Thursday, January 28, 2010

Caca- Segundo Capitulo

So I have already bitched and bitched about the poo poo problem on the streets of Buenos Aires – no one picks up their dog shit. Boo and hoo. Every day walking on the street is akin to a field of landmines, watching your every step as though it could be the last (well, for that pair of shoes anyway).

I thought I had all my caca issues under control. Remain vigilant, especially in the morning (what creature doesn’t drop a load between the hours of 8 and 11am?). But this week, they got me.

Of course I don’t realize it when it happens. I arrive at my slightly snooty gym (there is a snootier one a block away) and head for the elliptical. I get on and start moving, putting my ipod on and enjoying my new gym mix. And then, it beings - a musty, gaggy, repulsive, treacherous and disgusting stench. At first, I look around. Could it be the guy two machines over, sweating a tad piggishly as he huffs and puffs to nowhere? Or the woman striding with purpose up an imaginary hill? Yes, it must her. How gross I think, imaging what in the world she must have done to herself (or not done to herself) to bring such a foul odor onto all of us.

Before too long, the smell faded and I continue my sweatfest. I strolled over to the weights – arms, back, chest, those little triceps all get their due. Wiped out, I collapsed onto a mat to stretch a bit and then, it starts again. That tang, that vicious olfactory assault that had nearly killed me an hour earlier. I frantically looked around for Lady Reek, but she was nowhere to be found.

This could mean only one thing – I was Lady Reek.

Shit (literally)! I quickly look down to my lovely Adidas Supernovas (the only shoe for me, I love them) and sandwiched in the little cavities of the bottom of my sneaker is shit, shit and shit.

Shit!

I leave in embarrassment (after all, I was Lady Reek to everyone else) and when I get to the street, I begin scraping my shoe wildly against the sidewalk, like an animal with a bad itch. But the shit is just caked in after 45 minutes of cardio pounding.

Pissed off, I walk home. I take off my shoes outside the front door, carry them inside and stick them on the patio, leaving the smell for my neighbors to enjoy. What the hell did this dog eat?

I avoiding going to the gym yesterday because I just didn’t want to deal with my shitty shoes. But today, feeling brave, I put on rubber gloves, grabbed the paper towels and held my nose. Done and done, shit-free run.

Friday, January 8, 2010

Knowing What Matters

I have been in the US for the holidays and for a little business time, doing my usual east coast lap from Ft. Lauderdale to NYC to DC. It’s a familiar route at this point in my life that’s spread around across two continents, two time zones and two languages.


Before I embark on these multi-week schleps, I try to organize coffees, meetings, lunches, cocktails, dinners, chats, gym dates or whatever to catch up with people, organize more work, get some gossip or even get some love (love has many forms, you filthy freakshow).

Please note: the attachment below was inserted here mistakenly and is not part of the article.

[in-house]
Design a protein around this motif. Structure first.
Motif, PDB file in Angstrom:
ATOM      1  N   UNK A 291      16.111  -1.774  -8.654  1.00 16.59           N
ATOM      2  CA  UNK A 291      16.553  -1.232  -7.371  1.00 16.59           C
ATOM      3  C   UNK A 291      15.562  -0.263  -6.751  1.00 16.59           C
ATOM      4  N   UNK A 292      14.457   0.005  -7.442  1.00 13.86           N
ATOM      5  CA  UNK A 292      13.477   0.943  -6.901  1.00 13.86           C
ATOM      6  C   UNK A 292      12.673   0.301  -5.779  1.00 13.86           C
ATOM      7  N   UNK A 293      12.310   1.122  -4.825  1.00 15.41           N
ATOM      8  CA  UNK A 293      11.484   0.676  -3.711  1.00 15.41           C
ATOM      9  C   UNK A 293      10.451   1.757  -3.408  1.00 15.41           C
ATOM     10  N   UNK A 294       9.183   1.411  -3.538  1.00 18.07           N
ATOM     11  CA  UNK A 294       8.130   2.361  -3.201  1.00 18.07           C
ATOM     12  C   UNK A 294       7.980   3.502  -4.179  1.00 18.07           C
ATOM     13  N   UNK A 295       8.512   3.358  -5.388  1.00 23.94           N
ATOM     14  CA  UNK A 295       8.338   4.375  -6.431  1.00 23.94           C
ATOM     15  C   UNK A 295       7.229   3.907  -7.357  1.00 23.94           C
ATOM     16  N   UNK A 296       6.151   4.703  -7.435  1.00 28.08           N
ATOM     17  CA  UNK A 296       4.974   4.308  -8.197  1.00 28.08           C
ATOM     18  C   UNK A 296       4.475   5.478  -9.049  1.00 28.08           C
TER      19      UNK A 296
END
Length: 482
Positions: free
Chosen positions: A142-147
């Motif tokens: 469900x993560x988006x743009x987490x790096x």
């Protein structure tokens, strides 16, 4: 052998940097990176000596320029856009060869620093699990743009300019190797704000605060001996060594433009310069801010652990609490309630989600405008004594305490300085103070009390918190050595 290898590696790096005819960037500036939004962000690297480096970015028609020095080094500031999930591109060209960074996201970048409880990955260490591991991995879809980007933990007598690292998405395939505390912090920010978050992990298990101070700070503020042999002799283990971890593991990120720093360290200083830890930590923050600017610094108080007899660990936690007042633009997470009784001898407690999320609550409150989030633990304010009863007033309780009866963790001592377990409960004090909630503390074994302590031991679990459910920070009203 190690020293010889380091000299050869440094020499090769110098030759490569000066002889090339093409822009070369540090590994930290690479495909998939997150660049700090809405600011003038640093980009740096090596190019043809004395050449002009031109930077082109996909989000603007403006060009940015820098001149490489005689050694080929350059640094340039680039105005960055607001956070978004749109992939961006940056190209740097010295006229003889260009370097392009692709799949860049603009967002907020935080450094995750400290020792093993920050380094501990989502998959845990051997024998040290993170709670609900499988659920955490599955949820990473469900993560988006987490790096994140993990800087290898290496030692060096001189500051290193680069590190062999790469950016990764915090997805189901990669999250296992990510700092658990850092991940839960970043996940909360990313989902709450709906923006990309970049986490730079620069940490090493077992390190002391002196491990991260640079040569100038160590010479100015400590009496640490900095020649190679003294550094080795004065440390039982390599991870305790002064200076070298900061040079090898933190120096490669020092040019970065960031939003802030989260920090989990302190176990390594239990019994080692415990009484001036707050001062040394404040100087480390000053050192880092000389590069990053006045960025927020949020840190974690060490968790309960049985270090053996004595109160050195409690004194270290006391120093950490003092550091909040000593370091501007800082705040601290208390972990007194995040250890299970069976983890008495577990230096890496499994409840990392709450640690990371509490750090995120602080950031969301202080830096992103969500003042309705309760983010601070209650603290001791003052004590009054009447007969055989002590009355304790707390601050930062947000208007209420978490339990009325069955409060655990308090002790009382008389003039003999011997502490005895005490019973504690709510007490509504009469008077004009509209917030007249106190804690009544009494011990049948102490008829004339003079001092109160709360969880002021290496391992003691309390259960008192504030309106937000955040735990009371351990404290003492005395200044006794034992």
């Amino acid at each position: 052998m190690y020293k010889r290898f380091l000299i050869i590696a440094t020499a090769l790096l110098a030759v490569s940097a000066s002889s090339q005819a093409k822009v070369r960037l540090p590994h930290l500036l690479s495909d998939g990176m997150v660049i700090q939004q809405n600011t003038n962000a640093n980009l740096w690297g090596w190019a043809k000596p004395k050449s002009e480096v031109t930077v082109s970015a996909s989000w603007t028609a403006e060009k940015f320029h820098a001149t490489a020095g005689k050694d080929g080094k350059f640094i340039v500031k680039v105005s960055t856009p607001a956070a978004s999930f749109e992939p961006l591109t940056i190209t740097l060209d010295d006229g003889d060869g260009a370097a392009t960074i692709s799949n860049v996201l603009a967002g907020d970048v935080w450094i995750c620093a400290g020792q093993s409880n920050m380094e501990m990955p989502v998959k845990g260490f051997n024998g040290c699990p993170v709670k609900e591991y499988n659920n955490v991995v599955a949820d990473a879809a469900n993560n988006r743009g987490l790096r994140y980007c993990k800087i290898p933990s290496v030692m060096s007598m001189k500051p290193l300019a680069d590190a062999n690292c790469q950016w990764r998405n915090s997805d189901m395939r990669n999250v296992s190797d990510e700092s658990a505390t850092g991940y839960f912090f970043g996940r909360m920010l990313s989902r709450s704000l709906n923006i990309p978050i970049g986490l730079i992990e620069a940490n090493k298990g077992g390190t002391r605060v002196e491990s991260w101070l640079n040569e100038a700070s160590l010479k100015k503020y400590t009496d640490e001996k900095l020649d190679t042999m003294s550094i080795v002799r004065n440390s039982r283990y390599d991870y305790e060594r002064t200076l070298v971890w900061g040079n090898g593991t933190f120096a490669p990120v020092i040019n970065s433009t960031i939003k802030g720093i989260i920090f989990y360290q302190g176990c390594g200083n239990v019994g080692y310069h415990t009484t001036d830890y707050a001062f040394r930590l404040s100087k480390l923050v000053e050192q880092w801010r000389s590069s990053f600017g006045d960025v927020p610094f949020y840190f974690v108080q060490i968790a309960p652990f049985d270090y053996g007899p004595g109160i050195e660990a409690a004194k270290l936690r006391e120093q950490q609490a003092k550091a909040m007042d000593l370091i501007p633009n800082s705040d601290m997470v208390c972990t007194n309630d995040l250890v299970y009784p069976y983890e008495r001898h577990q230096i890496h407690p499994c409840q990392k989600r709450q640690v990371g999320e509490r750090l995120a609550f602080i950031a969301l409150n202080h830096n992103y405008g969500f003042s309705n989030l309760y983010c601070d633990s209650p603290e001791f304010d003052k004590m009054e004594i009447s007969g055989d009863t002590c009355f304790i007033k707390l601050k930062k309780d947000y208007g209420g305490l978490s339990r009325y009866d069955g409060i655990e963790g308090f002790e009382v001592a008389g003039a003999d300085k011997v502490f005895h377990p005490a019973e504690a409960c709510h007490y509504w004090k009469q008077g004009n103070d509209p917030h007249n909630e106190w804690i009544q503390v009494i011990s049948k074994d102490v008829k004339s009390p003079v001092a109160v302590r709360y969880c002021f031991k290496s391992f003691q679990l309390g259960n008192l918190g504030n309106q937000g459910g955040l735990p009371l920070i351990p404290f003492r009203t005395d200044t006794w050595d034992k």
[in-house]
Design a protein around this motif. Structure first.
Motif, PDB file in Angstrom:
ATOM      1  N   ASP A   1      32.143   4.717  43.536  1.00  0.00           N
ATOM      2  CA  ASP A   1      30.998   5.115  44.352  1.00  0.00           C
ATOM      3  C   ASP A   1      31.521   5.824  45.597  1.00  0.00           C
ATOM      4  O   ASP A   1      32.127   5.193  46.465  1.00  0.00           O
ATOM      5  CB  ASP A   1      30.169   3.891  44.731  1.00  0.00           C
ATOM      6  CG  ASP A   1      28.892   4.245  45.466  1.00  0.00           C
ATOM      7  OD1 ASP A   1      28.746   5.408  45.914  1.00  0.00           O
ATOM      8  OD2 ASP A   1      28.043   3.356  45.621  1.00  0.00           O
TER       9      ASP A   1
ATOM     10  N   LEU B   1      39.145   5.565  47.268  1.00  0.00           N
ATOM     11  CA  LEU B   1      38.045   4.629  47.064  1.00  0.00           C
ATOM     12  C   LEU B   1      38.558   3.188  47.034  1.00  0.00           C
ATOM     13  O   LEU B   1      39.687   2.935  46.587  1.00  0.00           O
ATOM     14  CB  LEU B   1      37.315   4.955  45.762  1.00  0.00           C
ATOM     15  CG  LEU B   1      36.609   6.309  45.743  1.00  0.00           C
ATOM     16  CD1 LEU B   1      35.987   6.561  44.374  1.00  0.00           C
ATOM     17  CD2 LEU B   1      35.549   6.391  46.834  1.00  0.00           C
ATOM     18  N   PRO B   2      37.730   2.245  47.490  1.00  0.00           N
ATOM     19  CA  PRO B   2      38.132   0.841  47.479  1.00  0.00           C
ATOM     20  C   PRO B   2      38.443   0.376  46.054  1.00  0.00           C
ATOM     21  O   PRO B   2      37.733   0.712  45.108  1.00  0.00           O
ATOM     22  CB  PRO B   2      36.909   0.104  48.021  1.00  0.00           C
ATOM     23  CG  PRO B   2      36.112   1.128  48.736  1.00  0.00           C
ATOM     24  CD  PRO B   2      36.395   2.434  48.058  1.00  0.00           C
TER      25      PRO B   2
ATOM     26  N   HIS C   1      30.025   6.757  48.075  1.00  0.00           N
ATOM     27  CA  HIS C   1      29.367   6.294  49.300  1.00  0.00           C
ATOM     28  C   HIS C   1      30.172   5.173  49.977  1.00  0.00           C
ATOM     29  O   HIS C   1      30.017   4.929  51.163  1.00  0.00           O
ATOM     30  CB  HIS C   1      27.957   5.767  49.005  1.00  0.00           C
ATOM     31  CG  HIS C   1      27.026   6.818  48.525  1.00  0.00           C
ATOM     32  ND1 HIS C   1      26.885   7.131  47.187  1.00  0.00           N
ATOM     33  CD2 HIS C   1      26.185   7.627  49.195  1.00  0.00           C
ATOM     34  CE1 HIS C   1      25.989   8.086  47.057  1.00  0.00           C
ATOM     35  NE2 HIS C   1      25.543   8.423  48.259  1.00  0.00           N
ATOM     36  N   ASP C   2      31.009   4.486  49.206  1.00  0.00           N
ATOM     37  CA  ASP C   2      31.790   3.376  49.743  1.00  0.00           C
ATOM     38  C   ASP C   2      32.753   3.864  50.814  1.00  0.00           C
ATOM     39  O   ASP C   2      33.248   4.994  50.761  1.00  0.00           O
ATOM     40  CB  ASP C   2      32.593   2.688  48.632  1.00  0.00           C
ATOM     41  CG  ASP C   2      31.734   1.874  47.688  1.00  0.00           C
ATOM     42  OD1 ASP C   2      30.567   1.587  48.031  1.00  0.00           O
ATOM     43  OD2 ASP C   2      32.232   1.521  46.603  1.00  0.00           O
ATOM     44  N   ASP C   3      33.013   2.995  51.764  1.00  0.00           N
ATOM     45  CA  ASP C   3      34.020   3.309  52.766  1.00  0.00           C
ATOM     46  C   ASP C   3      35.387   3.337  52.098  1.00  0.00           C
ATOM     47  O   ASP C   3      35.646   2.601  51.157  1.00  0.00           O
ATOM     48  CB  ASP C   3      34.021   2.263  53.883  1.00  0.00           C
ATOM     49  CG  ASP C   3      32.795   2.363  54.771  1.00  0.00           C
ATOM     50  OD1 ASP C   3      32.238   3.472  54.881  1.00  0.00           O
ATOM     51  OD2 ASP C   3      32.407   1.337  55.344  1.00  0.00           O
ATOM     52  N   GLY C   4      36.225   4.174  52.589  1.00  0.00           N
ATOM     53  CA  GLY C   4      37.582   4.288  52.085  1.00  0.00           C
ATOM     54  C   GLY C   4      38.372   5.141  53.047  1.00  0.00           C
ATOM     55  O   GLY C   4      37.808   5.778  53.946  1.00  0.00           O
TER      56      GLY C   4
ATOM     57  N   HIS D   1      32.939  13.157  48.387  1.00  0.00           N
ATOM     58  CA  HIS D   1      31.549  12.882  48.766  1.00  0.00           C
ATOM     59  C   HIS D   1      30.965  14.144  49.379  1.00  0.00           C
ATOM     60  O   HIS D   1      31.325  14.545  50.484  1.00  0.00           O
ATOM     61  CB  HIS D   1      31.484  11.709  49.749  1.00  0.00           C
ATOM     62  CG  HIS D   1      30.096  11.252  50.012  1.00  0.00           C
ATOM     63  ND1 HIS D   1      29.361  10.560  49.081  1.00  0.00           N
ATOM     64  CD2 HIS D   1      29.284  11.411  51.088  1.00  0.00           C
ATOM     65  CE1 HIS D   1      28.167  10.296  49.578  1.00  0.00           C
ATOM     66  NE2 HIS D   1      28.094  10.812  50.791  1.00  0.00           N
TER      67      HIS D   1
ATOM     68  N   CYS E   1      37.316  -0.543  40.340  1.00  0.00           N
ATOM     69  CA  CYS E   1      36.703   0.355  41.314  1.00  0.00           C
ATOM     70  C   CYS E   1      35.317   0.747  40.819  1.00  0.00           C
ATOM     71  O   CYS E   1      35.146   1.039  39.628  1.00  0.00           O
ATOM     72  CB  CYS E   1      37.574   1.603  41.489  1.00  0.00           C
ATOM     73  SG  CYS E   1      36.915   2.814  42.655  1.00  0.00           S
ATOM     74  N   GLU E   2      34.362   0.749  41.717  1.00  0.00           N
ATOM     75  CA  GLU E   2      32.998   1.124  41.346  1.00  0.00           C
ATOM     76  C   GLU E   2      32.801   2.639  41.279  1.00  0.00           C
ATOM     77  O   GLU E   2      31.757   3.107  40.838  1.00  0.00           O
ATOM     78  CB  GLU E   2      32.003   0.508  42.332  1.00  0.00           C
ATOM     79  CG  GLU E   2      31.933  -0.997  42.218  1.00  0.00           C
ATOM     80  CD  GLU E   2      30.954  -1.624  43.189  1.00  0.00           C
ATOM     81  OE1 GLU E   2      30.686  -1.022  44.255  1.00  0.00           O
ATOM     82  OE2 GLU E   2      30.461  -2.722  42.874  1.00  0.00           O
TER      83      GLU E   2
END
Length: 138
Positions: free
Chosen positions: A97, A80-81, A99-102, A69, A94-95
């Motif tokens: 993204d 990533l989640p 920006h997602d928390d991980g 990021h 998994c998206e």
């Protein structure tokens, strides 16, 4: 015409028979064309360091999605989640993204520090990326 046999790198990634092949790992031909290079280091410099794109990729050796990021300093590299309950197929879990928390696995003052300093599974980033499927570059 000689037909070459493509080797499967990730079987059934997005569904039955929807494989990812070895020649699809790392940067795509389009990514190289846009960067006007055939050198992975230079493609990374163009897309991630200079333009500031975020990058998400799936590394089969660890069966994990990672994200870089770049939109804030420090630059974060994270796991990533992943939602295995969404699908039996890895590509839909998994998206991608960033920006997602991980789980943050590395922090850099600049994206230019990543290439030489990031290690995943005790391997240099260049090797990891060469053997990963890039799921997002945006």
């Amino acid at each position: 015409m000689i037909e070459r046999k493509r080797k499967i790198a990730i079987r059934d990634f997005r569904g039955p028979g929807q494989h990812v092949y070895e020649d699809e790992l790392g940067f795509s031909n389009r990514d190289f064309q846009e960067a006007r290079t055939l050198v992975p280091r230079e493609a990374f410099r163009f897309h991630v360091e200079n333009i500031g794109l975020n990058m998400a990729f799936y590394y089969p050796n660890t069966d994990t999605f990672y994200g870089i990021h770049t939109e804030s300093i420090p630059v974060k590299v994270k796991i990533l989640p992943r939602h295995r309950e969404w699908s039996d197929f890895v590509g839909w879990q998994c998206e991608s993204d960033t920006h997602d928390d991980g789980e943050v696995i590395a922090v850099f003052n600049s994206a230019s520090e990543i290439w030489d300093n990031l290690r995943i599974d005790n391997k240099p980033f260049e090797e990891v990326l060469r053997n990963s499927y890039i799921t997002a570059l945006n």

As you can imagine, this is not only time consuming trying to organize all these type-A people’s schedules (No, I can’t do Wednesday, I have my shrink or well, if the lawyers get back to me, I won’t be able to do 3pm – that kind of shit), but it’s just nuts to actually follow through and do EVERY SINGLE THING you overcommitted yourself to when you were sitting in the summertime and chilling out. But inevitably after three weeks of dragging your ass through the winter, a cold starts to bud, digits are perpetually frozen and a you have a stump speech on what’s been going on that would make an incumbent senator a little jealous.


Truthfully, it’s all lovely: all the friends, all the festivities, all the food, all the memoires. Everyone is happy to see you; you are happy to see them. But there are other people, the people who you once imbibed with countless glasses of fancy wine and canap├ęs who don’t return your calls or your emails. The people who you thought were friends that once you unplugged from the matrix, no longer want anything to do with you. I don’t have tons of these types but there are some people who have mysteriously disappeared from the universe. Hmmm.


When I first started doing these east coast tours and I didn’t hear back from these ghosts, I felt sort of bad. What happened to my friends? Then I realized that these people were never my friends – they were part of the transactional life that has overtaken life in the big city. And now that I can only regale folks with tales of my wacky Argentine life or third world wanderings, I don’t have something they think of as valuable.


The good news is that people I never thought of as particularly close have also come out of the woodwork, becoming good friends even when I am far away. These people have served as inspiration and support and I am more grateful than ever for them.


I no longer feel bad about these spirits that have disappeared. And I don’t even bother sending those emails anymore, I just enjoy my wonderful, amazing North American friends.